Proving things could always get worse, the Police Service, having steadily lost public confidence, now seems set on a path toward alienation of the People’s National Movement (PNM) opposition. Or at least of its leadership.
After a single encounter between Opposition Leader Keith Rowley and Deputy Commissioner Mervyn Richardson, the PNM’s lawyer denounced the investigation about which they met as “poisoned at the very root”.
In this square-off between the PNM and the police, it was Dr Rowley who hit first. He had declared opposition, in principle, to Prime Minister Kamla Persad-Bissessar’s referring to the police his 31-point paper said to comprise printouts of e-mails contemplating criminal acts.
“This matter falls squarely under the ambit of the Integrity Commission,” he told the May 23 PNM meeting in San Juan. There, polymath volcanologist Dr Rowley disputed points of law with the straw-woman attorney Prime Minister he derided as a “Seventh Standard law student”.
The “perfect crime,” he charged, had been committed by the “criminals in the Parliament”, among whose e-mail addresses his cache of messages were supposedly circulated. But investigation of such wrongdoings called for work way above the competence of ordinary T&T police gumshoes. Or this is the official PNM position. Dr Rowley urged Integrity Commission chairman Ken Gordon to “get senior-counsel advice”.
Integrity investigators, prompted by senior counsel: this describes the elite qualifications for investigators capable of authenticating or repudiating his found material. In later stipulations, the PNM listed information technology expertise, and residence abroad.
For Dr Rowley, the idea was insupportable that his document and his office might be sniffed over and dusted for authorship and other fingerprints by know-nothing T&T police losers. Least of all, Deputy Commissioner Richardson whom he had twice elaborately disparaged by name:
“Richardson gets his two salaries… (and he) is beholden to the Cabinet to retain his post-retirement job.” As for acting Commisioner Stephen Williams, Dr Rowley grudgingly conceded that he is “trying his best”.
And so, five years later, the PNM finds itself again in apprehended ownership of the T&T police problem. The list of “Noes” excludes Dr Rowley’s name, from back in July 2008, when the then-ruling PNM caucus voted against appointing then Senior Superintendent Stephen Williams as Police Commissioner.
Though number 26 in the seniority pecking order, foreign headhunters and the local Police Service Commission had named him winner of the international competition. On one fateful afternoon, 22 PNM MPs vetoed his nomination, triggering a reset of a selection “process” that today still looms like a nightmare redux.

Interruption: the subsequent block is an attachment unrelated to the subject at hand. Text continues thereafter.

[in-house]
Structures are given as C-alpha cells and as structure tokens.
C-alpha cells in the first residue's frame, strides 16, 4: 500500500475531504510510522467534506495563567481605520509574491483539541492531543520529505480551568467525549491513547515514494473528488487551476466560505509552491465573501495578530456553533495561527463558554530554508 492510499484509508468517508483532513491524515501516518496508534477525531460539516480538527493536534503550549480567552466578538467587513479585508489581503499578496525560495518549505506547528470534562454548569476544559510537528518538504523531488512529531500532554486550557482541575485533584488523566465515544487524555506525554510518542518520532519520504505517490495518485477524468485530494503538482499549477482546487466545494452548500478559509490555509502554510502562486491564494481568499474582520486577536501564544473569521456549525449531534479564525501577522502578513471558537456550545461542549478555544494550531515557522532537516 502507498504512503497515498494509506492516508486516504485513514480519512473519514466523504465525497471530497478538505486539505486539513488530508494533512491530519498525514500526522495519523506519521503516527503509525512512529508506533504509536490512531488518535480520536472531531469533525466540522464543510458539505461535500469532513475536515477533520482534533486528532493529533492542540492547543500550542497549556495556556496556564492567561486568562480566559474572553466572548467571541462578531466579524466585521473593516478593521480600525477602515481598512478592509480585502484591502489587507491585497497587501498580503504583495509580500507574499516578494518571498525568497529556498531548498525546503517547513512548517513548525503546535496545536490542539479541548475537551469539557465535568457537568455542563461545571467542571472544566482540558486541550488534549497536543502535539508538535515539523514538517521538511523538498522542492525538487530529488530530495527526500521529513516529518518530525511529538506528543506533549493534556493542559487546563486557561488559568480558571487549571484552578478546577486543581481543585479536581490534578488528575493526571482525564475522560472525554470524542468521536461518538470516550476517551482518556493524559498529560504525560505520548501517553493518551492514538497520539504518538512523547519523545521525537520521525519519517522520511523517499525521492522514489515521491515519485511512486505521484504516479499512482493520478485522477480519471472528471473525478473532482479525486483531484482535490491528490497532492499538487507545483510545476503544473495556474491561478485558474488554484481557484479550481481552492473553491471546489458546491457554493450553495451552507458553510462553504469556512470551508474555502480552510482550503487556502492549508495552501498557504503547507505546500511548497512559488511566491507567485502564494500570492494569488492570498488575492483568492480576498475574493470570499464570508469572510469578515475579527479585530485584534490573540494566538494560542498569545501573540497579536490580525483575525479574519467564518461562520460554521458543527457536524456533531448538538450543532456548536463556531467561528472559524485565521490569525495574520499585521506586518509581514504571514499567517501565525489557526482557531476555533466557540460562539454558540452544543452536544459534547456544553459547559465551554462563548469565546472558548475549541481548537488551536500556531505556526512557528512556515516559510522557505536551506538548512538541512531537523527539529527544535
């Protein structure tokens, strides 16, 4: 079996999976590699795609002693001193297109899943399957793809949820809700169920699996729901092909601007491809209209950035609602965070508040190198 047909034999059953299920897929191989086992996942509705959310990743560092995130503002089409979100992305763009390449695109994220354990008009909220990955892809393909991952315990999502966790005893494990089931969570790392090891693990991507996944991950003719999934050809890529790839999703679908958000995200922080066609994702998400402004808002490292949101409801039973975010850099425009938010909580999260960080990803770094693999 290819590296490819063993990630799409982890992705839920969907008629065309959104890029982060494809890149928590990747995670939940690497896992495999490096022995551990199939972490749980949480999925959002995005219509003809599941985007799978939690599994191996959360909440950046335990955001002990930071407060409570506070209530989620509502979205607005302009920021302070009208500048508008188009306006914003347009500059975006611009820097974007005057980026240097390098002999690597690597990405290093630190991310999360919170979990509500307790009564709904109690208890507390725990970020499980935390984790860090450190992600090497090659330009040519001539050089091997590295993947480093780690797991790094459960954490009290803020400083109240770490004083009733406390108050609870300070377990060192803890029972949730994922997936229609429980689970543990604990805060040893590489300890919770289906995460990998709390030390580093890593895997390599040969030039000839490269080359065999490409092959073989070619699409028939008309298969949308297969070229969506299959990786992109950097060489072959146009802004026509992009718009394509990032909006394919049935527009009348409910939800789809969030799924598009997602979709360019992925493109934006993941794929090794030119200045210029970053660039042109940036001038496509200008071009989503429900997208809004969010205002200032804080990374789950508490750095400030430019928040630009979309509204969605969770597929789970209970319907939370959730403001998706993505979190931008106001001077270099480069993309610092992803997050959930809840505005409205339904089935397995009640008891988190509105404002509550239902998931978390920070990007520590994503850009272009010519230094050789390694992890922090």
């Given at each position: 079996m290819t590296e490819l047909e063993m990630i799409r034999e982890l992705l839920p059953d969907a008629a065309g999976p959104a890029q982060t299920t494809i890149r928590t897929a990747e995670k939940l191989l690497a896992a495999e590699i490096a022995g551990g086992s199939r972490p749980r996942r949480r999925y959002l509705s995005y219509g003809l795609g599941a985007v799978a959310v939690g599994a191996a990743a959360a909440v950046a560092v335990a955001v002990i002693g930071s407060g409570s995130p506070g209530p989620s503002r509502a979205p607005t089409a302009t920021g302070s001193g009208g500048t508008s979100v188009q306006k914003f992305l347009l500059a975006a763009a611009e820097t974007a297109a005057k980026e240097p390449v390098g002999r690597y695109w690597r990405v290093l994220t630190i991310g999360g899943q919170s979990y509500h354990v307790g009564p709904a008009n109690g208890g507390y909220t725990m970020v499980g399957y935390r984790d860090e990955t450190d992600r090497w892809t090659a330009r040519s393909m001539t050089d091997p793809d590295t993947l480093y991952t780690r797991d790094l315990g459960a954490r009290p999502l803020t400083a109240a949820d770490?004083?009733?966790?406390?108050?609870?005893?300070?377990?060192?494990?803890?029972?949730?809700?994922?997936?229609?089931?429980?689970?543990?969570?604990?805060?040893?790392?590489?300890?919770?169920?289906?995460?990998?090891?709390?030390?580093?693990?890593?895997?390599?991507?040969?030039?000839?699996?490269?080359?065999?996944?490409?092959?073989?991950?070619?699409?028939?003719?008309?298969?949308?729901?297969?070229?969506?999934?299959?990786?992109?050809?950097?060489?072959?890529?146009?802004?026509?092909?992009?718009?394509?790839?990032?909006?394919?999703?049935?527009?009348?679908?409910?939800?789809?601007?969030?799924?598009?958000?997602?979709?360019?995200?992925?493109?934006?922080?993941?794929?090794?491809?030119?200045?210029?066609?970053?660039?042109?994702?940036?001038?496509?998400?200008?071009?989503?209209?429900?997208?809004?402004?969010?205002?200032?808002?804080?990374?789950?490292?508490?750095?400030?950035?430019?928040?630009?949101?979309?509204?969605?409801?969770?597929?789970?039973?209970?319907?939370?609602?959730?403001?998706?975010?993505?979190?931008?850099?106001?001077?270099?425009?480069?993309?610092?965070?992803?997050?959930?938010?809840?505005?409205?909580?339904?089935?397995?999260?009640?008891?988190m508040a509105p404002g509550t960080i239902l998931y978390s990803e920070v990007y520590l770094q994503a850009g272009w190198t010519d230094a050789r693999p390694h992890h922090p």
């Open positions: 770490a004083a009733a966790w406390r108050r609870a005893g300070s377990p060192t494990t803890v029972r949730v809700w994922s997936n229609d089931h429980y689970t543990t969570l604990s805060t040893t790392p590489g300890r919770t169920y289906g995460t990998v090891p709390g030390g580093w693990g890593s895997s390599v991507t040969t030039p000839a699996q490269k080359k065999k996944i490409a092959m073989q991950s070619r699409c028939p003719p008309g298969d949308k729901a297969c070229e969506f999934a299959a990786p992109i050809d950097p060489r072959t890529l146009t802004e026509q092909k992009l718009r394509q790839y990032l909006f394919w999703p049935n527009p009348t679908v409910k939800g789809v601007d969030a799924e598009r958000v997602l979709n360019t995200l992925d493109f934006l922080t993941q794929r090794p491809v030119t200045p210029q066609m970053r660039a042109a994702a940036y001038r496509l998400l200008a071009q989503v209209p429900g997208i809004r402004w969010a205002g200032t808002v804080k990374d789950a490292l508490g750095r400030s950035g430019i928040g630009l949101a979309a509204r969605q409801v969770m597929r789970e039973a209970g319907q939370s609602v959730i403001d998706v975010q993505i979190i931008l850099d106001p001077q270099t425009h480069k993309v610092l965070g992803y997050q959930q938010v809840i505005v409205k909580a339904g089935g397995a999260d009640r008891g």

The bigger half of today’s Opposition MPs had belonged to the Patrick Manning administration, which erected the top-police selection “process” as a conceptual parallel to the unusable monuments high-rising into the Port of Spain skyline. Through the same “process”, Stephen Williams and Mervyn Richardson had eventually come to their present positions. The two-year term of Canadian Dwayne Gibbs marked the only non-acting Commissioner stint since November 2007.
An acting Commissioner, and succession uncertainty, have constituted the centrepiece tableau in a serial drama of all-round unhappiness with policing and “law enforcement”. Dr Rowley’s lack of confidence in topmost police officers mirrors that of ordinary citizens who hope against hope that a “war” against crime is on, and that the forces on our side stand a fighting chance.
The PNM leader and Faris Al-Rawi, emerging as the all-purpose colleague-lawyer, after the model of Ramesh Lawrence Maharaj, get the headlines for criticising the conduct of investigations affecting them. They feed distrust already endemic about police capacity.
The rest of us, reading the fine print, gasp at the ease with which murderers, imparting reality to the reporter’s cliche, routinely “make good their escape”. Off the front pages last week, the story is reported of a couple who, out on bail for multi-million dollar fraud, had fled to England. Deported from there, they again “eluded police at Piarco and have since disappeared”—to Venezuela this time?
Minor lawbreaking and major crime flourish because of “lame” policing. Dr Rowley and counsellor Al-Rawi pretend to be scandalised by a familiar laid-back approach. Police sense of mission is no keener than that of people in other categories of the T&T workforce.
Simple assassinations, carried out with impunity, have become so commonplace as to enable most people to expect it as something that could come calling at any time. Well, police are people too. So far from being stirred into action, proactive or reactive, officers feed the media labels such as “gang-related” and stock descriptions of victims such as “known to the police”. Numberless cases evidently go cold overnight; most “investigations” go nowhere fast.
In today’s world, then, life is cheap. Notoriously cheaper in Honduras, whose shores are also washed by our Caribbean Sea, but where you cannot imagine US Vice-President Joe Biden to come calling. Low-achieving police are part of the story of both places: in Honduras where 151 officers were killed over the last two years, only 20 cases have been persecuted.
Things could get worse here. As the PNM’s attacks damage whatever police morale is left, the party shopping desperately for political support could find itself bound by the rule posted in stores: “You break it, it’s yours.”
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